Cecil John Rhodes farmed cotton in the Umkomaas valley in 1870 and wrote: “I never saw such an extraordinarily beautiful place in life. There, hundreds of feet below us, stretched out the whole valley with our huts looking like specks, and in the distance there were hills rising one above another, with a splendid blue tint on them.”
We had the same view as we surveyed the 5 000 hectares of Duma Manzi Eco Lodge and Spa from the decks set above plunging cliffs and the winding Umkomaas River. The drop of about 400m to reach the specks that were the lodge roofs was negotiated by 4x4 via the precipitous Voortrekker track that originally linked Cape Town and Pietermaritzburg.
Talk about perfect location – so hidden and yet so accessible. Duma Manzi, which means thundering water, is about an hour from Durban and caters for a maximum of 22. Built on raised wooden platforms, the lodge is luxuriously furnished in colonial African style.
We would happily have sat all afternoon but, after a delicious light lunch and an exchange of glances with nyala feeding metres away, we made our way along the wooden walkways through the riverine forest to one of Duma Manzi’s main drawcards.
News had just come through that Duma Manzi Eco Lodge and Spa had been voted the Best Luxury Safari Spa in SA in the World Luxury Spa Awards.
After a footbath and an hour’s hot stone massage, we concurred. No fake whale sounds here. Just the river rushing past, fish eagles’ calls and the coucal’s cadence. The spa offers a wide range of therapies with the emphasis on privacy. Afterwards, we slunk into the thatch-and-glass tranquillity lounge, collapsing on the recliners until we were able to make our way back to our chalet for a pre-dinner soak.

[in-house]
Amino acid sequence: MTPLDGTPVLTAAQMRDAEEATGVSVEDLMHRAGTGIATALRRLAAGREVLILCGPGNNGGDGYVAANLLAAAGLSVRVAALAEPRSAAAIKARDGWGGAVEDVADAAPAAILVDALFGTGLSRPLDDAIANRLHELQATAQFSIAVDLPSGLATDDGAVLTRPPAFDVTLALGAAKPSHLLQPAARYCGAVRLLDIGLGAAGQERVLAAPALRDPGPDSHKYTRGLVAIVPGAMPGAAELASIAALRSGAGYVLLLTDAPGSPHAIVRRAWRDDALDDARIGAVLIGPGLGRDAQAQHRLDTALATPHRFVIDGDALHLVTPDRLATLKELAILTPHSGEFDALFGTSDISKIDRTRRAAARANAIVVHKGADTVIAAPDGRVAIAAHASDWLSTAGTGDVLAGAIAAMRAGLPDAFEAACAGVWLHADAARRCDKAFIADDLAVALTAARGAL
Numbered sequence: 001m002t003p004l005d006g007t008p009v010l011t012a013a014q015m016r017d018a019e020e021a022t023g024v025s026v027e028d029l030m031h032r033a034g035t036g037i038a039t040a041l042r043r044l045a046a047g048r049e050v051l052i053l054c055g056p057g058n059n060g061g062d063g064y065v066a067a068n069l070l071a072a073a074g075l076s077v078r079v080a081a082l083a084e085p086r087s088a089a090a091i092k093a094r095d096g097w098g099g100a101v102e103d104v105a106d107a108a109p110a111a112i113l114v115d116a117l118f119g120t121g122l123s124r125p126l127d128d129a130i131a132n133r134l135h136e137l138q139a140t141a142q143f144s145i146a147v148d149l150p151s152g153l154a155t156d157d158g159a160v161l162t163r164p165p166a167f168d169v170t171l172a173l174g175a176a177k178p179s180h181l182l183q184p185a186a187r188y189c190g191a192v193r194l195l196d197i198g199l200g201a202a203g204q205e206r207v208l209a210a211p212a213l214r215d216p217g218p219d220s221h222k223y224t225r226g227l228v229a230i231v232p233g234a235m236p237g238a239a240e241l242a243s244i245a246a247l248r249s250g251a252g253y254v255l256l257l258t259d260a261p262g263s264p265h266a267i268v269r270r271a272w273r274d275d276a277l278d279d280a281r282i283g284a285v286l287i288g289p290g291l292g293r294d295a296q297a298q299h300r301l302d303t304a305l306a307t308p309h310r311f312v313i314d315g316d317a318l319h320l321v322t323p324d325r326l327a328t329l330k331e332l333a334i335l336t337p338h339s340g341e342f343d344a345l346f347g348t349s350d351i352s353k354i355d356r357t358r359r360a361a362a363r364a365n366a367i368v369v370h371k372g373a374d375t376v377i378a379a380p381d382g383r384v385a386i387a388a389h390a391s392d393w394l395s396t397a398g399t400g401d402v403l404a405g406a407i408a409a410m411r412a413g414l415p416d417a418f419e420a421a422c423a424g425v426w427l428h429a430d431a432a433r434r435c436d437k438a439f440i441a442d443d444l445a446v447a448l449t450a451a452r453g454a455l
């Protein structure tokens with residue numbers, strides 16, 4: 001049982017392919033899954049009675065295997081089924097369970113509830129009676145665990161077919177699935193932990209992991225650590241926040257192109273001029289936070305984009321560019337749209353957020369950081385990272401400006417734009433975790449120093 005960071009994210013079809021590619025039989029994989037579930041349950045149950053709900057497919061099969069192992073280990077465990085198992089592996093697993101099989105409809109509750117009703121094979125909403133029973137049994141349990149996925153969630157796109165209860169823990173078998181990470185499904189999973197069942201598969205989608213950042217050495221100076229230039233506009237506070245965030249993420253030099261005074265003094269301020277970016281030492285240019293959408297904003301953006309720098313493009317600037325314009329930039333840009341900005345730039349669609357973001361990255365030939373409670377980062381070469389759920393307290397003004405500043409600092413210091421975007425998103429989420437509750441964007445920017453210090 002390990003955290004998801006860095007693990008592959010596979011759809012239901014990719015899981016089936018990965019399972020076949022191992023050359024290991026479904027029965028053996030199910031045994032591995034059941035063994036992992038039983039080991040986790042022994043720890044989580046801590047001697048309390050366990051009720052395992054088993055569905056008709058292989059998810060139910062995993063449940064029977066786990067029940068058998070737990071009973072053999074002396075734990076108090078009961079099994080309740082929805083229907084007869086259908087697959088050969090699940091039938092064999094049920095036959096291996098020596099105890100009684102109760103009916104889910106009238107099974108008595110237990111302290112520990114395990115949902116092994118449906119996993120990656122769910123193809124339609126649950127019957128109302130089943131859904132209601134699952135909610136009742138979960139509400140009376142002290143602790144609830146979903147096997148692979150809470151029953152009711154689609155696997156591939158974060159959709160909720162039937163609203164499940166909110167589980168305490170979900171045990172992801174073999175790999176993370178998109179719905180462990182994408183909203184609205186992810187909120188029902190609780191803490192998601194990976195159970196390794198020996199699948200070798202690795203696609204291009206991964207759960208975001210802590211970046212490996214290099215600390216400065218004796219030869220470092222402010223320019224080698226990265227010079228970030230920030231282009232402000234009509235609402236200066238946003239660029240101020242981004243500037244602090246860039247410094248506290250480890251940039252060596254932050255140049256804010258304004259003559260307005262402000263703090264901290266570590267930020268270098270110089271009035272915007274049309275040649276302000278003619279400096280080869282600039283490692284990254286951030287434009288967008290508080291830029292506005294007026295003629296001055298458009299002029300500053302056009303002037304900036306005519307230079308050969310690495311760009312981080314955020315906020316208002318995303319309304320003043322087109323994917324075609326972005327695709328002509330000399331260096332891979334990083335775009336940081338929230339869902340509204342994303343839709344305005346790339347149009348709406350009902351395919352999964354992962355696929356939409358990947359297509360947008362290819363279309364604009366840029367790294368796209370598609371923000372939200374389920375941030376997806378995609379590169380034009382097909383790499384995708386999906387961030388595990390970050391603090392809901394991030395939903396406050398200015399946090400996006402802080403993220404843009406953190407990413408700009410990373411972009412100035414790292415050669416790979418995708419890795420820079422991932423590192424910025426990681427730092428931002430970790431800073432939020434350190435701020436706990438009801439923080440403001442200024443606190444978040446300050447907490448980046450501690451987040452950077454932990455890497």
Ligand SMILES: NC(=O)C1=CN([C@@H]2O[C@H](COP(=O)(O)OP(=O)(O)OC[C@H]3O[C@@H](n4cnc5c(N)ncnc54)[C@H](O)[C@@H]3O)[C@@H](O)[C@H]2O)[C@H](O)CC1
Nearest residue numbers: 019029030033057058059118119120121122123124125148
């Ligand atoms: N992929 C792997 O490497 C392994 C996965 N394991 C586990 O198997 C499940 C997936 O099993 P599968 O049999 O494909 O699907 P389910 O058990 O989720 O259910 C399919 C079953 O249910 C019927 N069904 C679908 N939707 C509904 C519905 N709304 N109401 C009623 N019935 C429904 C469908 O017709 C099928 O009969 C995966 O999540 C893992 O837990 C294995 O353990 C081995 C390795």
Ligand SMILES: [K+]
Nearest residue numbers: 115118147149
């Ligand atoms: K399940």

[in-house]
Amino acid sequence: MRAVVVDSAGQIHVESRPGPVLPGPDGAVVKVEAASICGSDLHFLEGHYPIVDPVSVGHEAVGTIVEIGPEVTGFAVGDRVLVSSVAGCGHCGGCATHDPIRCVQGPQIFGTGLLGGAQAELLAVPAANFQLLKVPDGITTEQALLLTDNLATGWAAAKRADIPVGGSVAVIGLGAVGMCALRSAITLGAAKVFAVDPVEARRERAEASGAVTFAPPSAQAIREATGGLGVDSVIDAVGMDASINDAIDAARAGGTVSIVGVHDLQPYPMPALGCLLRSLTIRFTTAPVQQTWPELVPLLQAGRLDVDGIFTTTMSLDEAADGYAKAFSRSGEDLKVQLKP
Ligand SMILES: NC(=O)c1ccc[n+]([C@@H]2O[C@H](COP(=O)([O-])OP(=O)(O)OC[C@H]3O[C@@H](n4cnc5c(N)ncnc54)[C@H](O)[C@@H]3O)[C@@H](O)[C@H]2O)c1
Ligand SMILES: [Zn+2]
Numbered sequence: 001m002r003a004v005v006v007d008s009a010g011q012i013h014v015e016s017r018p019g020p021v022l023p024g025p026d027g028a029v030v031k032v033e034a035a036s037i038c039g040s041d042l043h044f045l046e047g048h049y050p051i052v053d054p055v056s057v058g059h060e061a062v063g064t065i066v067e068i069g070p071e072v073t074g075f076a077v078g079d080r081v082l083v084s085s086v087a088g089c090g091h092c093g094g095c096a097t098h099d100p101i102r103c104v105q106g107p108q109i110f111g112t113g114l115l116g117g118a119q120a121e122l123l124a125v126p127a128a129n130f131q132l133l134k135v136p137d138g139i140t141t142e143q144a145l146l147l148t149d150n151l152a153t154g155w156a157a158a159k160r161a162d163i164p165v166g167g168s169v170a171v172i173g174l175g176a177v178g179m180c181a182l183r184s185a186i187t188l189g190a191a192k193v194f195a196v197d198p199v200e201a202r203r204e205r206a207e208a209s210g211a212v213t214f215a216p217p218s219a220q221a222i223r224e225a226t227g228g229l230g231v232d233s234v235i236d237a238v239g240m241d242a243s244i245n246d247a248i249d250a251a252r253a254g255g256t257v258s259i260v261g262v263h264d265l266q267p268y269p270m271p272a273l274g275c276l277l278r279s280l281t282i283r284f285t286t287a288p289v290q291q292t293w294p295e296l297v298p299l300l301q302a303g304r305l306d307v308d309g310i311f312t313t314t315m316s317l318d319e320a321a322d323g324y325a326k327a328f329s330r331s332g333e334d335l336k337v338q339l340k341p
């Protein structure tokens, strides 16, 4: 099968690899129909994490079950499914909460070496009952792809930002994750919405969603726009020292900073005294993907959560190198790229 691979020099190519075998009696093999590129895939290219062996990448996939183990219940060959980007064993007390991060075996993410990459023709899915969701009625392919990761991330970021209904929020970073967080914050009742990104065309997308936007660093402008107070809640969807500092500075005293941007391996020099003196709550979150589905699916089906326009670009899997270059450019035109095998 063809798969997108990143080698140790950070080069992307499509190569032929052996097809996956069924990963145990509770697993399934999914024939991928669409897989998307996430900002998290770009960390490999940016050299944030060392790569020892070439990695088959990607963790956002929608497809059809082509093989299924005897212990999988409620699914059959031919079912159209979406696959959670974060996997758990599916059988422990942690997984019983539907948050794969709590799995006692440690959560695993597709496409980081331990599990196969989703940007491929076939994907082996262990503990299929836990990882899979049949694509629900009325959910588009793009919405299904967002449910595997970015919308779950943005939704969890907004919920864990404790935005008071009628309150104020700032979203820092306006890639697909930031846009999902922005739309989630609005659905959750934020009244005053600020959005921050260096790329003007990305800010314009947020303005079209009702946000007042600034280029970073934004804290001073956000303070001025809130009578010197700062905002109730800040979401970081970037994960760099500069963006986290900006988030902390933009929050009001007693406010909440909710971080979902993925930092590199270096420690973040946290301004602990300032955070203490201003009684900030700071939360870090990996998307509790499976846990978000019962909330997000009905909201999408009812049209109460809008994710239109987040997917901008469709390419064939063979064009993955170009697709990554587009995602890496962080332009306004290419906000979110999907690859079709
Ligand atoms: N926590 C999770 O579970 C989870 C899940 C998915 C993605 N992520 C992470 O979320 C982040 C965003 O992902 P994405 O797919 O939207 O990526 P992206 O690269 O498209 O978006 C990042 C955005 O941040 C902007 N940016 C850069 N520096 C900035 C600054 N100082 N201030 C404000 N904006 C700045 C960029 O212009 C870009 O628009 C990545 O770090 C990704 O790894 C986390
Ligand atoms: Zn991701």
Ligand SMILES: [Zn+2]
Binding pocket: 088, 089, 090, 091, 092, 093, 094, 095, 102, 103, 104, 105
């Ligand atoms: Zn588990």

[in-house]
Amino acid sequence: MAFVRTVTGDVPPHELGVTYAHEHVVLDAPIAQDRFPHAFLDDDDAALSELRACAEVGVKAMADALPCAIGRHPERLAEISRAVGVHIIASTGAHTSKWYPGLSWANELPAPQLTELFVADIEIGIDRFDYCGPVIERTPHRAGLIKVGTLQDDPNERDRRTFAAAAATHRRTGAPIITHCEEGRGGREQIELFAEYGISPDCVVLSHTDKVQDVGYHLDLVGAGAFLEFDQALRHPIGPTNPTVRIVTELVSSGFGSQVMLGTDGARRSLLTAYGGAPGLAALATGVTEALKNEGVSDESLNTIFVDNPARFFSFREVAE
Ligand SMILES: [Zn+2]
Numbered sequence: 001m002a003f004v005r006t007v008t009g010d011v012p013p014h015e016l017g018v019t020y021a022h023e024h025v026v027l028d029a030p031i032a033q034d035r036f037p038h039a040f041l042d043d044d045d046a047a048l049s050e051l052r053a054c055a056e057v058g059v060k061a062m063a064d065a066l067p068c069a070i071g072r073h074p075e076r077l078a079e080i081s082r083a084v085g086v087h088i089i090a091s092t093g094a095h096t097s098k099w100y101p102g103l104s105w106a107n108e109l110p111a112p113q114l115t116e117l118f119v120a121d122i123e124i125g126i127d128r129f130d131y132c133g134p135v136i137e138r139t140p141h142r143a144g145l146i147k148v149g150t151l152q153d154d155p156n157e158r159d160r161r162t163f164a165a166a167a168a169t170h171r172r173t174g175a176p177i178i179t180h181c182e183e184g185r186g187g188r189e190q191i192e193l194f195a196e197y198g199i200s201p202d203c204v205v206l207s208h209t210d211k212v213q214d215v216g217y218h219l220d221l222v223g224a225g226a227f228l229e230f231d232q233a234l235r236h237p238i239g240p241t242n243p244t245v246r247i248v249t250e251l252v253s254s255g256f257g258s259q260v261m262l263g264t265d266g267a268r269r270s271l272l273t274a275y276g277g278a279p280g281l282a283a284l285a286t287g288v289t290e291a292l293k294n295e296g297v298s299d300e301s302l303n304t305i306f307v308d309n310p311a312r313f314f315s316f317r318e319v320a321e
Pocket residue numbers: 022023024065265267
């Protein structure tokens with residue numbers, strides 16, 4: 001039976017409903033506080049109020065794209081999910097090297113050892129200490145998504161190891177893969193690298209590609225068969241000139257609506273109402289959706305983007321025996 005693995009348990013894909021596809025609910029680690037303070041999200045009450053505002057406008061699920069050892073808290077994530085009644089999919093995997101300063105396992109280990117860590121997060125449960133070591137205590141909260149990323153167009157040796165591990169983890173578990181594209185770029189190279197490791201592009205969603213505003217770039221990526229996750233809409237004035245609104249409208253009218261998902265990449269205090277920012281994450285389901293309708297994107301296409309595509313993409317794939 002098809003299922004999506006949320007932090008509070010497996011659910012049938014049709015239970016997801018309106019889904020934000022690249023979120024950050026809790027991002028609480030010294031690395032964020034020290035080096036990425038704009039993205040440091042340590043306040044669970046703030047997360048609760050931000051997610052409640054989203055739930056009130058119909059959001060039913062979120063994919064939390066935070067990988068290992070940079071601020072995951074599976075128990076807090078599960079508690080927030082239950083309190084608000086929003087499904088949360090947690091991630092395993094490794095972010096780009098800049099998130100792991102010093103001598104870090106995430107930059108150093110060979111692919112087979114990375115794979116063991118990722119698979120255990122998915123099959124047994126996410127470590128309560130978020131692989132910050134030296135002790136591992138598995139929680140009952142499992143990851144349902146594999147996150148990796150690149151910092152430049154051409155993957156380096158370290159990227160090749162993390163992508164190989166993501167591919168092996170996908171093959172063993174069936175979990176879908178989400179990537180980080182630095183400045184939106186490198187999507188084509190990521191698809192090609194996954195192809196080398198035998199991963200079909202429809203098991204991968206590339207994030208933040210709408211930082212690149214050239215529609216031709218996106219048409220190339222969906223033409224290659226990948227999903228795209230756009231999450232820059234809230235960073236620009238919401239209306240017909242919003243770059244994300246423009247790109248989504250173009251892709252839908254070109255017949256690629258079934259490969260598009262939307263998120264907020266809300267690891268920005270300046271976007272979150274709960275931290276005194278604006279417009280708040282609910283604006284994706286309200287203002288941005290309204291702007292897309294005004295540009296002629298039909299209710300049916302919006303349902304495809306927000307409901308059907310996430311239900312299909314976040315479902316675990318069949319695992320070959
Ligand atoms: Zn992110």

Our private, glass-fronted Sandstone room was elegantly decorated with its own deck, recliners, plunge pool and vast bathroom with tub and open shower. There are no TV sets, airconditioners or fridges in the rooms, though ceiling fans would keep the room cool in summer and in winter there are gas heaters and electric blankets kept visitors warm.
Duma Manzi relies on solar power with generator back-up, gas, purified water from the river… the list of green practices is extensive.
After enjoying the genuine hospitality of Simba Mudadada around the boma fire, we had dinner in the cosy dining room. Jonathan Davel had skills that belied his slender frame and schoolboy looks.
Highlights included the superb gnocchi with sage and naartjie brown butter, and rooibos and orange-scented oxtail with rooibos dumplings. Get there if you can – it’s worth it.